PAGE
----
The Last Summer of Roe v. Wade

By Carter Sherman


Texas abortion providers sued to halt the law, but the Supreme Court didn’t stop the law from taking effect early Wednesday morning. Overnight, access to abortion basically evaporated. Then, in a 5-4 vote released just before midnight, the Supreme Court officially announced that it would not be blocking the ban, because the providers hadn’t made their case when it came to the “complex and novel antecedent procedural questions” raised by the law. The justices didn’t decide on whether the law itself was constitutional, but their inaction will leave Texas abortion patients and providers—as well as abortion rights writ large—in an existential lurch.

This was supposed to be Slutty Summer, Hot Vax Summer, the second coming of the Summer of Love. People were horny and hoping for sex, the lore went, after spending more than a year trapped indoors. But it was also, perhaps, the last summer of Roe v. Wade. Regardless of how the battle in Texas turns out, the Supreme Court has agreed to rule on the legality of a Mississippi abortion ban. That case could deeply wound, if not kill, the landmark ruling that legalized abortion nationwide.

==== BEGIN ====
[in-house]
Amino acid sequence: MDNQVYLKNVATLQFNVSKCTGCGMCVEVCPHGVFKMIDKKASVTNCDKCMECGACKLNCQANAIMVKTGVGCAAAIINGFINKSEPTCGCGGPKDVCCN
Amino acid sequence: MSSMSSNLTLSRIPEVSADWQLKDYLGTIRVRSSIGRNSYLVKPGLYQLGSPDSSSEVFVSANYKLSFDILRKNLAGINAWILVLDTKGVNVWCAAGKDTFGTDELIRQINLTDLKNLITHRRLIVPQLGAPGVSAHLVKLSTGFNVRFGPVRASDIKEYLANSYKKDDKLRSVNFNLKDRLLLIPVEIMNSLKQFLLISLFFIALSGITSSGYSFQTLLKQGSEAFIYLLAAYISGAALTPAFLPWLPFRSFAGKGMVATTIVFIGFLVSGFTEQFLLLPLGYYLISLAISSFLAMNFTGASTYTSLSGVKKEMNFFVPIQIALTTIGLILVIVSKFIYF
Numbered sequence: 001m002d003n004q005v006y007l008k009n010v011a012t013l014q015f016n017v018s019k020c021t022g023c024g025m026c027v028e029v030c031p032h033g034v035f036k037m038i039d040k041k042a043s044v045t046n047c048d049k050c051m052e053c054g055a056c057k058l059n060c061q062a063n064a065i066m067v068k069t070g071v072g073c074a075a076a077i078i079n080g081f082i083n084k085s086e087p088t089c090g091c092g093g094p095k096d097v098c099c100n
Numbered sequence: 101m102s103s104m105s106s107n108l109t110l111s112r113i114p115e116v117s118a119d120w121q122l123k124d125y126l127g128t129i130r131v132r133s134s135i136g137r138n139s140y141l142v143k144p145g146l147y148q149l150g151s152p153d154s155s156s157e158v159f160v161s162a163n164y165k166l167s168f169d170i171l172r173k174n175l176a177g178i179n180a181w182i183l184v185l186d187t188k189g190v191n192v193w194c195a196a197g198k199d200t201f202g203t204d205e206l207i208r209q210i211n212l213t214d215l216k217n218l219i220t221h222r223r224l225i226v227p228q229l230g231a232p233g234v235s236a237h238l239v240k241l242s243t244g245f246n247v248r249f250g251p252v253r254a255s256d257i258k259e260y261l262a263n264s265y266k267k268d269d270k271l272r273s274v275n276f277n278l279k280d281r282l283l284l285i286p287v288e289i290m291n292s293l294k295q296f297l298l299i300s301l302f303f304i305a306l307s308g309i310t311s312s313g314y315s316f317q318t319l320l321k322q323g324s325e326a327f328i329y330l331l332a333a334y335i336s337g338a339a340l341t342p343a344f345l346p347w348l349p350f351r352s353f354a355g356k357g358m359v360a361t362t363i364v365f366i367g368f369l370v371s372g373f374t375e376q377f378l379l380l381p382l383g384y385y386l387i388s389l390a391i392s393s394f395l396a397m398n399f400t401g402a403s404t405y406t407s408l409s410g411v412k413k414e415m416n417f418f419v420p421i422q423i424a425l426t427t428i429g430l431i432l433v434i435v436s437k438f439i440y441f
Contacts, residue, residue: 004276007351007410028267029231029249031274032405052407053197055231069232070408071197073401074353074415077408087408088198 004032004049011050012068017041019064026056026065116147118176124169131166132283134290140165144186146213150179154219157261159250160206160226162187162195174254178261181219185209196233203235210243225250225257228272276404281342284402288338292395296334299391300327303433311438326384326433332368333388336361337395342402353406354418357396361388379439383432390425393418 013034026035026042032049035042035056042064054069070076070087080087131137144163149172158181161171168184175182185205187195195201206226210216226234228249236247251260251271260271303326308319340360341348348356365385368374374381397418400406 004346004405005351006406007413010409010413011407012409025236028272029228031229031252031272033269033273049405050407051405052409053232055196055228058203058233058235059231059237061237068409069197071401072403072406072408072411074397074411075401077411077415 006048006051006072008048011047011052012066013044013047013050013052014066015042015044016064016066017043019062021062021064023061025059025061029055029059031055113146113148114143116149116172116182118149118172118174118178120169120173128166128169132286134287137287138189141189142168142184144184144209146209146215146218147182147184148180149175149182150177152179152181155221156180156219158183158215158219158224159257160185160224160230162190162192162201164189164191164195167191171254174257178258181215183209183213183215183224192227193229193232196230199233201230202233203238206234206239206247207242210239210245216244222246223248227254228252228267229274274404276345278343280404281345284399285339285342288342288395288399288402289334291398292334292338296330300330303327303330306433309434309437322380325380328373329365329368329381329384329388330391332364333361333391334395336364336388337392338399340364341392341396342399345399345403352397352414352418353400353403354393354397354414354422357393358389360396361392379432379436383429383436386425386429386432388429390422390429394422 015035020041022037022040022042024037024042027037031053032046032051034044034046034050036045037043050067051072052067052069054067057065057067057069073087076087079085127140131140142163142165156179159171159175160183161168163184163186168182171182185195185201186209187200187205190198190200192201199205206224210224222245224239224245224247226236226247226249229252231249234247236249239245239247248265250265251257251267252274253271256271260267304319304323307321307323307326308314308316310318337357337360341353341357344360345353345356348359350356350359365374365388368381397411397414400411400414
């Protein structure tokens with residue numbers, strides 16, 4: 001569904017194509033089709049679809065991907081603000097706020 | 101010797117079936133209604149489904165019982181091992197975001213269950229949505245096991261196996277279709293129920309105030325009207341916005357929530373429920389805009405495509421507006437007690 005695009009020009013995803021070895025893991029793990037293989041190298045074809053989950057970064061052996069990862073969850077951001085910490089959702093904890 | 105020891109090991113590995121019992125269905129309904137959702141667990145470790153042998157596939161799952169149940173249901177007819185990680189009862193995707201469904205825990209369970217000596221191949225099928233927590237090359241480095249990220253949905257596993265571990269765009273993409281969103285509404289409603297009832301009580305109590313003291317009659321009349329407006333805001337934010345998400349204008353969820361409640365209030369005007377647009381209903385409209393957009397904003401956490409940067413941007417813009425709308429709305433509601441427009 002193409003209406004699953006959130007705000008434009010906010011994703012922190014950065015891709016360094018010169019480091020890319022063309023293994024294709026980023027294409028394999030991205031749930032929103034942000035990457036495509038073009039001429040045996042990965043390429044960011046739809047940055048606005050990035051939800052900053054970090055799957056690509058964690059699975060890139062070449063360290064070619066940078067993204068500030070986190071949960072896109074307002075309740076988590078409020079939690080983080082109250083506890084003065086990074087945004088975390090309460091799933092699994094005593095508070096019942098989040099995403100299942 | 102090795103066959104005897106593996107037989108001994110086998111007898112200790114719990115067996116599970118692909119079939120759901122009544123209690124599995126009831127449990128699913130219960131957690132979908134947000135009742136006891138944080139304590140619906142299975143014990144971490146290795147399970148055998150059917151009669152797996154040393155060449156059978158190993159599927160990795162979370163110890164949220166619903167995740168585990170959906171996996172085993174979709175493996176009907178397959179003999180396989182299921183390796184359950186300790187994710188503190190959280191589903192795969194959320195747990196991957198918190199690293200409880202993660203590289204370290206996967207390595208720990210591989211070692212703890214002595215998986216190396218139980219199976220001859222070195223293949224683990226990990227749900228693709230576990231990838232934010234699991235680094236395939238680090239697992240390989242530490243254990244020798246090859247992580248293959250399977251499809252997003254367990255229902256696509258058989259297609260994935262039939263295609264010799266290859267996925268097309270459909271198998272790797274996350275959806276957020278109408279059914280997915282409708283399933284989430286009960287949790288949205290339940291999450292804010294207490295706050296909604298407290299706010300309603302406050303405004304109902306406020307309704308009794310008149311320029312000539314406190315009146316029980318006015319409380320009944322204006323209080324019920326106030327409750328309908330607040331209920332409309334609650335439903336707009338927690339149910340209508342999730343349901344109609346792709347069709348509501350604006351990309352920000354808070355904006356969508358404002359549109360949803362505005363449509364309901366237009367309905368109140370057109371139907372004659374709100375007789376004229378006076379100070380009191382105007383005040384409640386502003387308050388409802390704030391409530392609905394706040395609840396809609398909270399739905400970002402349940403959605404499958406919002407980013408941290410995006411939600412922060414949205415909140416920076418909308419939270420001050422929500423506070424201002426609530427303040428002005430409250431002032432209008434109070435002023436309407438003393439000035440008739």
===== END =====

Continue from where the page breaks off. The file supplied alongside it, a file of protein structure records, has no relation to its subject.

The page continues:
Many Americans, it seems, have failed to grasp the severity of what’s coming: More than a dozen sex therapists and educators, scattered across the country, in states that fully recognize abortion rights and in states that definitely do not, told VICE that most of their clients are pretty unconcerned about the threat to the availability of the procedure.

And while public apathy toward abortion rights is nothing new—it may be the force that has allowed conservatives to spend the past decade demolishing abortion access in the United States—people apparently aren’t ready for the reality that sex, and its by-products, could soon become far more risky. 

Continue to full article . . .

Picture: Charles Edward Miller, CC BY-SA 2.0, via Wikimedia Commons

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